James Meredith Tells Ole Miss There's More to Be Done

The university he integrated in 1962, under guard, honors pioneer
By Newser Editors and Wire Services
Posted Oct 1, 2022 5:20 PM CDT
The University He Integrated Honors James Meredith
James Meredith attends graduation in August 1963, where he received a bachelor's degree.   (AP Photo/Jim Bourdier, File)

The University of Mississippi is paying tribute to 89-year-old James Meredith 60 years after white protesters erupted into violence as he became the first Black student to enroll in what was then a bastion of Deep South segregation. On Saturday, Meredith was honored during the Ole Miss-Kentucky football game, receiving a framed Ole Miss jersey with the number 62—the year he integrated the university. The ceremony, one of a series of events, happened two days after Meredith spoke to players at a Rebels practice, the AP reports. "He came and revolutionized our thinking. He came to open our closed society," Donald Cole, a former university official, said during a celebration Wednesday night.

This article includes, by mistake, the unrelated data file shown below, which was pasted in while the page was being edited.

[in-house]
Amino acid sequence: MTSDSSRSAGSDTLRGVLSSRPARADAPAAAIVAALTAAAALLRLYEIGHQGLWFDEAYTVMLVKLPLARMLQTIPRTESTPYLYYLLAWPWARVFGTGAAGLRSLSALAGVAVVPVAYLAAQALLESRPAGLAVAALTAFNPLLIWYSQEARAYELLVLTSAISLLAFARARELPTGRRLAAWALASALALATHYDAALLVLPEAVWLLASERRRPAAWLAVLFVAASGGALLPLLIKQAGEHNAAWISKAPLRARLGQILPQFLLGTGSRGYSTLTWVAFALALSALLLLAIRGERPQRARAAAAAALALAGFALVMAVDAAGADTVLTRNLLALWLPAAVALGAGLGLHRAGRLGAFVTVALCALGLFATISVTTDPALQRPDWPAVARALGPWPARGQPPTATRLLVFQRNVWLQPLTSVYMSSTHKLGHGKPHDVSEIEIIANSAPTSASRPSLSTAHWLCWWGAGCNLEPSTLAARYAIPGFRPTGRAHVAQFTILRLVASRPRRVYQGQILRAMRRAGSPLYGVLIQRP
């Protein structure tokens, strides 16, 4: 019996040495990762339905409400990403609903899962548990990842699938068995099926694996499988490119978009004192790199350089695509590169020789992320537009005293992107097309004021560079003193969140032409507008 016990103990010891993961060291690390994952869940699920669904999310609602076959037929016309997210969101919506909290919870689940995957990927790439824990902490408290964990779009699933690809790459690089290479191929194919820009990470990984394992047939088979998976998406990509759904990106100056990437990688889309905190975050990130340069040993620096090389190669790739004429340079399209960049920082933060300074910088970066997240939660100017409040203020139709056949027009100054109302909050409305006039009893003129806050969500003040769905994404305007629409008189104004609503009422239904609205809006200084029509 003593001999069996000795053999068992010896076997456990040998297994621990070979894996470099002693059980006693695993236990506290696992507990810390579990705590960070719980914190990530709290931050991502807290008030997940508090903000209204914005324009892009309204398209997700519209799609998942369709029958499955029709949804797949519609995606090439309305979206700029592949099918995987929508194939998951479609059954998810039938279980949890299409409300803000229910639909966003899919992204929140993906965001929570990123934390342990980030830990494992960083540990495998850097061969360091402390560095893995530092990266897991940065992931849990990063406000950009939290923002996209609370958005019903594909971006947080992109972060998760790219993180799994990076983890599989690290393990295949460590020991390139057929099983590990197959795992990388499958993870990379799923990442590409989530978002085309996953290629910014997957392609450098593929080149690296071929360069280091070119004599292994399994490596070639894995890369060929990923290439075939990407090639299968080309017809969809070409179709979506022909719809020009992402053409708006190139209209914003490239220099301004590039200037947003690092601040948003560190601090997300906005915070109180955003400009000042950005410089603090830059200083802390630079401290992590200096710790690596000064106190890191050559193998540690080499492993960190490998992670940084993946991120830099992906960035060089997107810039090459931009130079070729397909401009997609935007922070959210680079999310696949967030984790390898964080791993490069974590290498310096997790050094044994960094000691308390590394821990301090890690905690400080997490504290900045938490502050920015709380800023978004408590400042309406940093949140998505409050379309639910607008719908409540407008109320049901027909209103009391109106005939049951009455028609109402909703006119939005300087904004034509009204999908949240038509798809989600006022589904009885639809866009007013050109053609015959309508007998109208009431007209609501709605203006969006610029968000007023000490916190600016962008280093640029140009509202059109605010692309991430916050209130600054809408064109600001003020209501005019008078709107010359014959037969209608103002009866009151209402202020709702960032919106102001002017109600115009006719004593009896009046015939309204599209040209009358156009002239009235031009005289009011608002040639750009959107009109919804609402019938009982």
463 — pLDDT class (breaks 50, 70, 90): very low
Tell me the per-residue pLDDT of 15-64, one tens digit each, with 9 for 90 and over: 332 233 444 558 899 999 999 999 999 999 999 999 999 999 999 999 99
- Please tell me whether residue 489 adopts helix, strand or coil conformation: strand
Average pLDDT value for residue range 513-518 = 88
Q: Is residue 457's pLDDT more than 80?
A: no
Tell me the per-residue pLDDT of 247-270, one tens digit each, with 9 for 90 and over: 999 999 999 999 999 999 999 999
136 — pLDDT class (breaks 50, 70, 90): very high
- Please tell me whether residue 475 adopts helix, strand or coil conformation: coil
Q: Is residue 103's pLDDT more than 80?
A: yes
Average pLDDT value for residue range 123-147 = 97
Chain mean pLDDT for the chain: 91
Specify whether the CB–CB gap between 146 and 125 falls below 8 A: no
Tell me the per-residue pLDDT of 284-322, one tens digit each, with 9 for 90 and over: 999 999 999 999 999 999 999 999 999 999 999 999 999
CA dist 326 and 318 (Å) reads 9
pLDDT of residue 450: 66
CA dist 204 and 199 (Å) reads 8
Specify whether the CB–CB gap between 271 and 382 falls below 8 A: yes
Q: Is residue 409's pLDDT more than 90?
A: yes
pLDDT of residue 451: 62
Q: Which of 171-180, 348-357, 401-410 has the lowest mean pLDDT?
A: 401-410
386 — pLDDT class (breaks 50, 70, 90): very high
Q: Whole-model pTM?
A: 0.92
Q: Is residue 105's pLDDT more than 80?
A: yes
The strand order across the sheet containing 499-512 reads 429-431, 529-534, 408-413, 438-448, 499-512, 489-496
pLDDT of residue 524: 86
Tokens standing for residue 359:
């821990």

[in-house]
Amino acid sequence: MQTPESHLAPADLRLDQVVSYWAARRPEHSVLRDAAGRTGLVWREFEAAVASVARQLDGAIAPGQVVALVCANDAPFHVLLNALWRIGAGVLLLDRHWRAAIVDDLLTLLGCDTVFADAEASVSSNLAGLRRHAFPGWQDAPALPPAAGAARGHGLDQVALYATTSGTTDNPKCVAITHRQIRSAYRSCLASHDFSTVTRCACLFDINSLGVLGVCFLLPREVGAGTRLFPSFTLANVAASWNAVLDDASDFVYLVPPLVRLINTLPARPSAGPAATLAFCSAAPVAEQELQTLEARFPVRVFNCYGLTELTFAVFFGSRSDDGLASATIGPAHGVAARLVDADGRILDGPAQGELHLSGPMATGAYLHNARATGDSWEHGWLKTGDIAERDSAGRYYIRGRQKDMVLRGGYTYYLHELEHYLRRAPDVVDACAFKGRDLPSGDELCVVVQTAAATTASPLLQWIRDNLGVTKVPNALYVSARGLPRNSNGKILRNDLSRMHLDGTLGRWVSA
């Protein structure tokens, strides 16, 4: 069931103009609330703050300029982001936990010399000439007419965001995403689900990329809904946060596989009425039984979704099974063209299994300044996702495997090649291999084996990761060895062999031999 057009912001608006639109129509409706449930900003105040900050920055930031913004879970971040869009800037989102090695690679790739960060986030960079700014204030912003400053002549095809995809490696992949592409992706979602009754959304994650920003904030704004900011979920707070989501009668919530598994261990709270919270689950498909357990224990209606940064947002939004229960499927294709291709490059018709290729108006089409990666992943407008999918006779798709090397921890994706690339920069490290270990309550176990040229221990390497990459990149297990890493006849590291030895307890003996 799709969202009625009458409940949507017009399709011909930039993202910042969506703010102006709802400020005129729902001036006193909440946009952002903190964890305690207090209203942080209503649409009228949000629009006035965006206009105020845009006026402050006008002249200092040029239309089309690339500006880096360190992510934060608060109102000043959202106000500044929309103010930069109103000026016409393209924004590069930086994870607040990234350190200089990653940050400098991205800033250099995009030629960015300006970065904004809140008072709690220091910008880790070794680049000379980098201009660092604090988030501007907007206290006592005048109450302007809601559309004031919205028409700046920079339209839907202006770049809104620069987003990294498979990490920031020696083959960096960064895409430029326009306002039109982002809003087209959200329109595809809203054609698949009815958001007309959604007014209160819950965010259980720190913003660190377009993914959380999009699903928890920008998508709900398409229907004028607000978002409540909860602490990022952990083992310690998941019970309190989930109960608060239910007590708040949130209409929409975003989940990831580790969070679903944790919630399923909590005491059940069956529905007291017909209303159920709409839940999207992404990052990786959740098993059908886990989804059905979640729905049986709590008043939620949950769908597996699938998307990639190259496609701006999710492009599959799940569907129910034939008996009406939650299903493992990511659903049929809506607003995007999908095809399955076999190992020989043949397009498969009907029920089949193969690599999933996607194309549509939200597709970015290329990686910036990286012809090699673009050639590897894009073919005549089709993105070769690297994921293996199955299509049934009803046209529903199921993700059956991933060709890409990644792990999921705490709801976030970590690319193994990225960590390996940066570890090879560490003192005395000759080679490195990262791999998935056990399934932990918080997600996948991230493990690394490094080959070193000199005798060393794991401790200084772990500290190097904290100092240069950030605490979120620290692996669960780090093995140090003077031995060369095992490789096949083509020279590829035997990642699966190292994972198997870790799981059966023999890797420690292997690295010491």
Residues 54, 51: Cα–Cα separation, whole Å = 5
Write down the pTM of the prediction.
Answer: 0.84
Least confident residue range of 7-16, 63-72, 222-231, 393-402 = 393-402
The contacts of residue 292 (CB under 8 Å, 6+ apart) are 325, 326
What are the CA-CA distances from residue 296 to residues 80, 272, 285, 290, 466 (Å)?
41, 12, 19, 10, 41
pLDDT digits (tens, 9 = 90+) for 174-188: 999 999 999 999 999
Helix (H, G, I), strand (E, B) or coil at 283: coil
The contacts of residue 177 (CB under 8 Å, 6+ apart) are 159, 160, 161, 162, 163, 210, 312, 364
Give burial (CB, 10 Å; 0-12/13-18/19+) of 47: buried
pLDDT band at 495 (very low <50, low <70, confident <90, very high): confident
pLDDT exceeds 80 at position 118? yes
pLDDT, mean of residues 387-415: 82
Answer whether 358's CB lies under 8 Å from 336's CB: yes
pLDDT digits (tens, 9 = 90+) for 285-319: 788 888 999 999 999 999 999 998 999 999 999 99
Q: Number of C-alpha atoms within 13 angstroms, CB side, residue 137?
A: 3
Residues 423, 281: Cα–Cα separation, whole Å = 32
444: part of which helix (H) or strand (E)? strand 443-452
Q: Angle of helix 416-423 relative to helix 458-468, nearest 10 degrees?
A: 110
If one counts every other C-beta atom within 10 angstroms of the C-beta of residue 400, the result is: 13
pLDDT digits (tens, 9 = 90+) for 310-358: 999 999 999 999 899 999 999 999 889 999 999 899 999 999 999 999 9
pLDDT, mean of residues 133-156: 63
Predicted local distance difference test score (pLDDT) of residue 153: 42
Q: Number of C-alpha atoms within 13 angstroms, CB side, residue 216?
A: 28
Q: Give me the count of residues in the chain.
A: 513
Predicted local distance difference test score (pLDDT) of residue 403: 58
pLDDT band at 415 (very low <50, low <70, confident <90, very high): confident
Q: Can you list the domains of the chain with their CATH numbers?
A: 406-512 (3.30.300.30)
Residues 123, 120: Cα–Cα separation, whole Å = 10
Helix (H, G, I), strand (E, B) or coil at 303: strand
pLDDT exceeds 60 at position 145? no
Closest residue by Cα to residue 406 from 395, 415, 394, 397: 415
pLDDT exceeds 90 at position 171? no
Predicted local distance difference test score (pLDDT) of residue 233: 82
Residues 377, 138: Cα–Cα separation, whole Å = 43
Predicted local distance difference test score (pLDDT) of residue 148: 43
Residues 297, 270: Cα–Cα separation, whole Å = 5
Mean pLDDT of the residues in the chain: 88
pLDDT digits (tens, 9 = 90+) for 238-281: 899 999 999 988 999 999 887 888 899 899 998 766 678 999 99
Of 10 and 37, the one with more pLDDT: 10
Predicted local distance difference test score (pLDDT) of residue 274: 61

The enigmatic Meredith, who lives in Jackson, has long resisted the label of civil rights leader. He says his effort to enter Ole Miss was his own battle against white supremacy. His being honored at the Ole Miss-Kentucky game was an ironic echo of history. Two days before Meredith enrolled on the Oxford campus in 1962, Gov. Ross Barnett worked a white crowd into a frenzy at a football stadium in Jackson. Ole Miss fans waved Confederate flags to support their Rebels over the Kentucky Wildcats—and to defy any move toward racial integration. "I love Mississippi," Barnett declared. "I love her people! Our customs! I love and I respect our heritage!" The next evening, Barnett quietly agreed with US Attorney General Robert Kennedy to let Meredith enter Mississippi's oldest public university. Meredith already had a federal court order.

White mobs erupted when he arrived on campus, protected by more than 500 federal law enforcement officers. Meredith enrolled on Oct. 1. Ethel Scurlock, the first Black dean of the university's honors college, said during her keynote speech Wednesday that she had not yet been born when Meredith integrated Ole Miss in 1962 or when he was shot soon after setting out on his March Against Fear in 1966. "But Mr. Meredith, I am here today," Scurlock said. “I am the unborn baby that you were willing to go to war for." Meredith told the audience: "In my opinion, this is the best day I ever lived. But there's some more truth. Celebration is good. I don't think there's anybody in this house or in the state of Mississippi that think the problem has been solved."

(More University of Mississippi stories.)

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